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The Health Benefits Of Cantaloupe

When was the last time you cut into a beautiful, ripe cantaloupe and savored this sweet, juicy melon? Not only does this fruit pop with a vibrant orange hue, it is a treasure-trove of goodies for healthy eating. The health benefits of cantaloupe far exceed the minimal amount of work required to prepare this sweet and juicy melon.

health benefits of cantaloupe
Discussing the health benefits of cantaloupe.

We have some great ideas on how to enjoy this versatile fruit, how you can easily grow your own heirloom melons, and all the nutritional 411 to make it easy to add this nutritional powerhouse to menu.

Eat your colors! By eating an assortment of fruits and vegetables that encompass a variety of rainbow colors is the healthiest way to get vital nutrients into our body. Orange fruits, like cantaloupe are loaded with beta-carotene and a great natural source of nutrients needed to keep you healthy.

Cantaloupe’s History

In the US we grow and consume tons and tons of cantaloupe. A type of muskmelon, Cucumis melo reticulatus, other type are honeydew and casaba.

Most historians agree, the cantaloupe was introduced to the New World by Christopher Columbus. However, the point of origin is uncertain, the fruit is historically linked to several countries including Persia (Iran), India, and Egypt. Any way you slice it, cantaloupe is an integral and enjoyable addition to the American diet.

How To Choose A Ripe Cantaloupe

sliced cantaloupe

Eating fruits and vegetables that are in season offer the best tasting and nutrient rich diet. Consuming whole foods at their peak is the optimum way to nourish your body and maintain a healthy way of eating.

Summer is the perfect time to enjoy a fresh, juicy cantaloupe from your garden or local farmers market. They are, however, available year round at the grocer, and choosing a ripe melon is easy. Select a heavy fruit that has a symmetrical shape. Select a melon that has a firm feel with no indents or soft spots. The skin should have a uniform yellow-beige hue with only a slight green tint. It should smell sweet and musk like. The stem end should be slightly indented and firm.

You can store your cantaloupe on the kitchen counter for up to three days. Any longer and you risk attracting mold and moisture loss.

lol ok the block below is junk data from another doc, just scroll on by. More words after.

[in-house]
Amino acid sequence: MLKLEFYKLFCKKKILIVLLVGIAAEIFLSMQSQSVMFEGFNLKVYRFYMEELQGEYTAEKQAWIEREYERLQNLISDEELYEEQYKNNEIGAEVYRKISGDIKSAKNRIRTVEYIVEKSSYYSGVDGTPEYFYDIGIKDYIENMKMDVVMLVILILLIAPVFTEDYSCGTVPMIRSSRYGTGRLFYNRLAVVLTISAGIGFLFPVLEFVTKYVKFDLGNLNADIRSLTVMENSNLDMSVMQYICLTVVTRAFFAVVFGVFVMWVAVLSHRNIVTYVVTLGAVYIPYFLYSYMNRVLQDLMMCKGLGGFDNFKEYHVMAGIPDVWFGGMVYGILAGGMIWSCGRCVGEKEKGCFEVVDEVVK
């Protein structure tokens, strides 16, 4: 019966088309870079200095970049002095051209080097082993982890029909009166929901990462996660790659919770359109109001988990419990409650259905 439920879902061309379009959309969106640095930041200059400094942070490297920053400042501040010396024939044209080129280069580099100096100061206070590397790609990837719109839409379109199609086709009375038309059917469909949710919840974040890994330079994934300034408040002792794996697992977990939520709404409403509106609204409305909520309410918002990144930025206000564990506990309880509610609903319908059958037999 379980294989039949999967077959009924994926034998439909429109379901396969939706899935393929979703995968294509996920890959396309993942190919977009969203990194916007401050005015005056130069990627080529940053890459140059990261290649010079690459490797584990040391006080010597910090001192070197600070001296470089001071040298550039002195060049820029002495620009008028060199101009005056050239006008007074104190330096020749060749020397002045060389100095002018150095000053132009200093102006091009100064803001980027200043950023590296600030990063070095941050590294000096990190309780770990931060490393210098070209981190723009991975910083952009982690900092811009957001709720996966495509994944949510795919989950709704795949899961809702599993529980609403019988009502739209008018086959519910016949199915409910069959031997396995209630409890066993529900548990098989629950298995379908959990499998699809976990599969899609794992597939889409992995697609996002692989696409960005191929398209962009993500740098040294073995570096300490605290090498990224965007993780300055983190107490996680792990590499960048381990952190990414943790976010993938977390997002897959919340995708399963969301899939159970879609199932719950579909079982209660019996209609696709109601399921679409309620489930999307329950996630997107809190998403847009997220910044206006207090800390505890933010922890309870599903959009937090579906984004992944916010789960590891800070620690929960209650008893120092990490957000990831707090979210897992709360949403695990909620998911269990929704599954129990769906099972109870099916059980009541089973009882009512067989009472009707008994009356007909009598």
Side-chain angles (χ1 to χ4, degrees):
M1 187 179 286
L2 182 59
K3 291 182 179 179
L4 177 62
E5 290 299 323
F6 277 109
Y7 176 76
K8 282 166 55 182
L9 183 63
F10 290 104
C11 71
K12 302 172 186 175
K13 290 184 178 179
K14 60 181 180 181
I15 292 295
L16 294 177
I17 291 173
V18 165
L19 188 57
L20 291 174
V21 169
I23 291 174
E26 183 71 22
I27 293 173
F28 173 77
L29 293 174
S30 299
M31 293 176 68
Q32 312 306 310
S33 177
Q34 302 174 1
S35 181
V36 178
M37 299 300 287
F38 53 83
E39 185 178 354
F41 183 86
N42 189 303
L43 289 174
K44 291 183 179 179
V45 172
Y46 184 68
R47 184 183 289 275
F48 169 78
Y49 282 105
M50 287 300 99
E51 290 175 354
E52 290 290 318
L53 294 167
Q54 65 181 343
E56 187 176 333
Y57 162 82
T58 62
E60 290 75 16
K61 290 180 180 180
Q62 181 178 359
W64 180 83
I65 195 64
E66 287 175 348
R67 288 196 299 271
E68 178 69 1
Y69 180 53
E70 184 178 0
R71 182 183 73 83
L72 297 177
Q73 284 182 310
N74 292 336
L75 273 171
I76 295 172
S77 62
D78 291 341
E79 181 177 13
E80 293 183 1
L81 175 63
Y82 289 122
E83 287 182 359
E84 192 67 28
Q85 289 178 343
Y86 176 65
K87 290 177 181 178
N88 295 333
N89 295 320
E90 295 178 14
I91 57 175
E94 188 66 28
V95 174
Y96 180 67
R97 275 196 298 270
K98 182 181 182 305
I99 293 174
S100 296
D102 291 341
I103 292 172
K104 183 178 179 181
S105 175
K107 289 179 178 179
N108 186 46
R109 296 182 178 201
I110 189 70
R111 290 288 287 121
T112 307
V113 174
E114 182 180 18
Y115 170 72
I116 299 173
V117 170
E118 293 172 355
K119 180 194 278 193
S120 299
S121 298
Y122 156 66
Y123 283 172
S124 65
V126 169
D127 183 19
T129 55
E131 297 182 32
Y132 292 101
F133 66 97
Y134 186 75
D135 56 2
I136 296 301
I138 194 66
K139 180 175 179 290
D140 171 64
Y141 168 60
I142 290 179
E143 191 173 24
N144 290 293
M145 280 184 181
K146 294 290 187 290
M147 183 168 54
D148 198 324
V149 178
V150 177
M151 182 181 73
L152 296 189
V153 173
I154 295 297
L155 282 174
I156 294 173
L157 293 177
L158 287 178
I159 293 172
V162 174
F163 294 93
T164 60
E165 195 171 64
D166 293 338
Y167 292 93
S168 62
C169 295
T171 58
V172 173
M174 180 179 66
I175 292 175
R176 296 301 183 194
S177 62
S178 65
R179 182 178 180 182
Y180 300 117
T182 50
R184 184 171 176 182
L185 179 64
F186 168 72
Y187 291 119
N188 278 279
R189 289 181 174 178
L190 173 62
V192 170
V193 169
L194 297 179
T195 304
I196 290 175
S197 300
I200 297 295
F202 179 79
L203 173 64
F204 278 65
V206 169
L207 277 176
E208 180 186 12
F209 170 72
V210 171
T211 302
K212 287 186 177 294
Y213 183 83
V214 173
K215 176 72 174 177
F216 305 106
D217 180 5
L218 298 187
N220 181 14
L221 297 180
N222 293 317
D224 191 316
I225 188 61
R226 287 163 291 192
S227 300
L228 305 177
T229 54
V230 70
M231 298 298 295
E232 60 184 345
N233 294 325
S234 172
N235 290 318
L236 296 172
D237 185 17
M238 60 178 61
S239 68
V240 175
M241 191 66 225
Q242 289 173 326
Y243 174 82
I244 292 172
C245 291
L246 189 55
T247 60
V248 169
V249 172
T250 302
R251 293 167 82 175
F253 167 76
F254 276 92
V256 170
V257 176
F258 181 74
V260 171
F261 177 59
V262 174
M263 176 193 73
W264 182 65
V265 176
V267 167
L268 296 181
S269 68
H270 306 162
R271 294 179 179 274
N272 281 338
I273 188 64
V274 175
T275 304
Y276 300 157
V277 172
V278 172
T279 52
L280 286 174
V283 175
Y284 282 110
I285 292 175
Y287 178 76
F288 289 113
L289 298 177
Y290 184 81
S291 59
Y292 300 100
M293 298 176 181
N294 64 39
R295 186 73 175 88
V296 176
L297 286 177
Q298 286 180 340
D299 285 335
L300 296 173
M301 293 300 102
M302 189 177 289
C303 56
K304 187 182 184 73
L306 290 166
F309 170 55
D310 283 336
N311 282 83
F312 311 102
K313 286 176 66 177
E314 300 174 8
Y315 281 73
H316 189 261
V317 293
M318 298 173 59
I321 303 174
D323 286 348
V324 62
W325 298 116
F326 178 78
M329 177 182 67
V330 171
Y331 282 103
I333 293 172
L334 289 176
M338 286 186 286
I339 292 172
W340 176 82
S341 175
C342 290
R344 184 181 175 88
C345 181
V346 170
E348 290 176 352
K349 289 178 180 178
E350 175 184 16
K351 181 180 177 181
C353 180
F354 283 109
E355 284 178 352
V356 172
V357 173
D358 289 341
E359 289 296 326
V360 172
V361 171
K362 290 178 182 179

Nutritional Information

Loaded with wonderful nutrients, the cantaloupe has a high water content, beautifully sweet water. It is the kind of fruit you will crave every day when the temperatures soar.

A one cup serving of cantaloupe contains

  • 53 Calories
  • 1 gram of fiber
  • No fat
  • No cholesterol
  • 80% of the RDI of Vitamin C
  • 100% of the RDI of Vitamin A
  • 243 mg of potassium
  • Folic Acid
  • Other trace minerals including Calcium, Iron, Magnesium, Phosphorus, Sodium, Zinc, Copper, Selenium, Thiamin, Riboflavin, and Niacin. Also included is a small amount of Vitamin B6

Vitamin C

Vitamin C is a superstar in the world of vitamins and a healthy lifestyle. According to the USDA, a serving of cantaloupe clocks in at a whopping 48 mg of Vitamin C.

According to the Mayo Clinic, “Vitamin C (ascorbic acid) is a nutrient your body needs to form blood vessels, cartilage, muscle, and collagen in bones. Vitamin C is also vital to your body’s healing process.”

Our bodies don’t produce Vitamin C on their own, so we need to extract it from our diets. Foods rich in Vitamin C include cantaloupe, citrus fruits, berries, peppers, tomatoes, broccoli, and spinach among others. The recommended amount of Vitamin C for women is 75 mg and 90 mg for men.

Consuming foods with rich Vitamin C content may lower your risk for many types of cancers, including breast, colon, and lung cancers.

Beta-Carotene And Vitamin A

Fruits and vegetables on the yellow-orange end of the color spectrum deliver a good dose of beta-carotene, the pigment found in these colorful foods. When you eat fruits rich in beta-carotene, your body converts it into Vitamin A, an antioxidant superstar that fights off cell damage by attacking free radical in your system.

Vitamin A is important to maintain good eye health, keep your immune system healthy, and aids in the health of red blood cells. There are studies underway to determine if beta-carotene can help slow age related cognitive decline. Additionally researchers are studying the health information around beta-carotene and whether it can help lung strength. Vitamin A for the win!

Keep in mind, Vitamin A can be toxic when taken in high amounts. Be sure to discuss any supplements you plan to take with your doctor.

Potassium

Potassium is a mineral helps regulate your nerve and muscle functions. According to Medline Plus, potassium “helps your heartbeat stay regular…moves nutrients into cells and waist products out of cells…offset some of sodium’s harmful effects on blood pressure”.

Great sources of potassium include cantaloupe, leafy greens, carrots, and citrus fruits. Selecting foods that are high in potassium and can help regulate our blood pressure and taste great is a win/win!

Folate

Folate is provided by eating whole foods, if you take supplements, they are fortified with a synthetic folate called folic acid. Folate is in the B Vitamin family and is required by your body “to make red and white blood cells in the bone marrow, convert carbohydrates into energy, and produce DNA and RNA”, according to a report published by Medical News Today.

Well know for its prevention against neural-tube birth defects like spinal bifida, folate is important for infants and children to help them grow strong bones.

Many manufactured foods are required to include folic acid. Foods such as enriched breads, cereals, and other grain products which help to contribute to the consumers intake.

Folate may also help reduce the risk of some cancers including breast, colorectal, lung, ovarian, and more. However, over consumption of Vitamin B-9 may worse cancer conditions. Consult with your doctor anytime you start a supplement regimen.